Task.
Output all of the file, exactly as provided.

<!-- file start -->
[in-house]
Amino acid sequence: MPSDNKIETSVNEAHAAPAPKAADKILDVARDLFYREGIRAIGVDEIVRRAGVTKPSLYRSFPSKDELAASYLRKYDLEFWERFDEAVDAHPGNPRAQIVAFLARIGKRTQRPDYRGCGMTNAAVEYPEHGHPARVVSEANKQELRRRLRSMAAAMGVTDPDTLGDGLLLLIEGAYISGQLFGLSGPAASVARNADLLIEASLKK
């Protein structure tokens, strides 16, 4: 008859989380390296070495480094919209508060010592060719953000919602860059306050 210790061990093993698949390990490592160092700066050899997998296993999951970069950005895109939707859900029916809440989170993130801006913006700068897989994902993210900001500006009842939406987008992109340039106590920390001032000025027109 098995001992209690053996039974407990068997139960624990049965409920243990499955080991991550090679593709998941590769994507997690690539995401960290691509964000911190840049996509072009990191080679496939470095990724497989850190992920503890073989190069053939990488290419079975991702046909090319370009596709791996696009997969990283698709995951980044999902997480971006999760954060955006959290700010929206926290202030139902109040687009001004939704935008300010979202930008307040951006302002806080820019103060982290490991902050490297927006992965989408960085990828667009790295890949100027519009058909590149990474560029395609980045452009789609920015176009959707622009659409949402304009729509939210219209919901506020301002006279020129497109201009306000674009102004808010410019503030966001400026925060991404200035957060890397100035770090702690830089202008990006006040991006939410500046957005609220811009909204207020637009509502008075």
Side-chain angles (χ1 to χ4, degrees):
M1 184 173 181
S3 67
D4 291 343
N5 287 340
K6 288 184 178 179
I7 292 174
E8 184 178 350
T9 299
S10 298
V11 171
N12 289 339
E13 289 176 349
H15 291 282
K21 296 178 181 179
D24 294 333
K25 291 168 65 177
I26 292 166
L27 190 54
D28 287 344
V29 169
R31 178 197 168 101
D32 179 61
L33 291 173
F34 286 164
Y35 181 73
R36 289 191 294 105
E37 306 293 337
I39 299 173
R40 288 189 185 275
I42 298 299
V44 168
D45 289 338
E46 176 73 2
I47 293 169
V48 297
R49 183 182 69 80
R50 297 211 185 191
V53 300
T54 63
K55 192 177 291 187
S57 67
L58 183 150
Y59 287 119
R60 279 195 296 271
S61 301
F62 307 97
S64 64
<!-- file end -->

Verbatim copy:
[in-house]
Amino acid sequence: MPSDNKIETSVNEAHAAPAPKAADKILDVARDLFYREGIRAIGVDEIVRRAGVTKPSLYRSFPSKDELAASYLRKYDLEFWERFDEAVDAHPGNPRAQIVAFLARIGKRTQRPDYRGCGMTNAAVEYPEHGHPARVVSEANKQELRRRLRSMAAAMGVTDPDTLGDGLLLLIEGAYISGQLFGLSGPAASVARNADLLIEASLKK
């Protein structure tokens, strides 16, 4: 008859989380390296070495480094919209508060010592060719953000919602860059306050 210790061990093993698949390990490592160092700066050899997998296993999951970069950005895109939707859900029916809440989170993130801006913006700068897989994902993210900001500006009842939406987008992109340039106590920390001032000025027109 098995001992209690053996039974407990068997139960624990049965409920243990499955080991991550090679593709998941590769994507997690690539995401960290691509964000911190840049996509072009990191080679496939470095990724497989850190992920503890073989190069053939990488290419079975991702046909090319370009596709791996696009997969990283698709995951980044999902997480971006999760954060955006959290700010929206926290202030139902109040687009001004939704935008300010979202930008307040951006302002806080820019103060982290490991902050490297927006992965989408960085990828667009790295890949100027519009058909590149990474560029395609980045452009789609920015176009959707622009659409949402304009729509939210219209919901506020301002006279020129497109201009306000674009102004808010410019503030966001400026925060991404200035957060890397100035770090702690830089202008990006006040991006939410500046957005609220811009909204207020637009509502008075």
Side-chain angles (χ1 to χ4, degrees):
M1 184 173 181
S3 67
D4 291 343
N5 287 340
K6 288 184 178 179
I7 292 174
E8 184 178 350
T9 299
S10 298
V11 171
N12 289 339
E13 289 176 349
H15 291 282
K21 296 178 181 179
D24 294 333
K25 291 168 65 177
I26 292 166
L27 190 54
D28 287 344
V29 169
R31 178 197 168 101
D32 179 61
L33 291 173
F34 286 164
Y35 181 73
R36 289 191 294 105
E37 306 293 337
I39 299 173
R40 288 189 185 275
I42 298 299
V44 168
D45 289 338
E46 176 73 2
I47 293 169
V48 297
R49 183 182 69 80
R50 297 211 185 191
V53 300
T54 63
K55 192 177 291 187
S57 67
L58 183 150
Y59 287 119
R60 279 195 296 271
S61 301
F62 307 97
S64 64